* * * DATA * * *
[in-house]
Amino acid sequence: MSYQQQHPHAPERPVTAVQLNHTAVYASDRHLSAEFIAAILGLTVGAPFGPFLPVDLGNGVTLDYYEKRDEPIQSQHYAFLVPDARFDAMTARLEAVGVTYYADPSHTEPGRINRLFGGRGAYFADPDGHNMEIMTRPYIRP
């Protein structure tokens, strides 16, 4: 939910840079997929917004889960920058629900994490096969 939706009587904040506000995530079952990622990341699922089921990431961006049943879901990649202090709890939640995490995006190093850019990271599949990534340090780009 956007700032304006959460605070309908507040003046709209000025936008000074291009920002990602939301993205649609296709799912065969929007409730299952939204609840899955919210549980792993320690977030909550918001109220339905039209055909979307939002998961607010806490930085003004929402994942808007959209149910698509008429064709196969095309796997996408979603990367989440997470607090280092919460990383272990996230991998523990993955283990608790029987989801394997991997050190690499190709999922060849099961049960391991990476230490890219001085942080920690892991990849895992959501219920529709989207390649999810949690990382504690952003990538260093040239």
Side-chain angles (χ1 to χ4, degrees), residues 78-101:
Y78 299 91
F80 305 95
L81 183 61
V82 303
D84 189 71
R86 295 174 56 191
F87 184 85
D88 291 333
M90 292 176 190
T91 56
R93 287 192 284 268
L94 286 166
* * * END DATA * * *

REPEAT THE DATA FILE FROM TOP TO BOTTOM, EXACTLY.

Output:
[in-house]
Amino acid sequence: MSYQQQHPHAPERPVTAVQLNHTAVYASDRHLSAEFIAAILGLTVGAPFGPFLPVDLGNGVTLDYYEKRDEPIQSQHYAFLVPDARFDAMTARLEAVGVTYYADPSHTEPGRINRLFGGRGAYFADPDGHNMEIMTRPYIRP
């Protein structure tokens, strides 16, 4: 939910840079997929917004889960920058629900994490096969 939706009587904040506000995530079952990622990341699922089921990431961006049943879901990649202090709890939640995490995006190093850019990271599949990534340090780009 956007700032304006959460605070309908507040003046709209000025936008000074291009920002990602939301993205649609296709799912065969929007409730299952939204609840899955919210549980792993320690977030909550918001109220339905039209055909979307939002998961607010806490930085003004929402994942808007959209149910698509008429064709196969095309796997996408979603990367989440997470607090280092919460990383272990996230991998523990993955283990608790029987989801394997991997050190690499190709999922060849099961049960391991990476230490890219001085942080920690892991990849895992959501219920529709989207390649999810949690990382504690952003990538260093040239």
Side-chain angles (χ1 to χ4, degrees), residues 78-101:
Y78 299 91
F80 305 95
L81 183 61
V82 303
D84 189 71
R86 295 174 56 191
F87 184 85
D88 291 333
M90 292 176 190
T91 56
R93 287 192 284 268
L94 286 166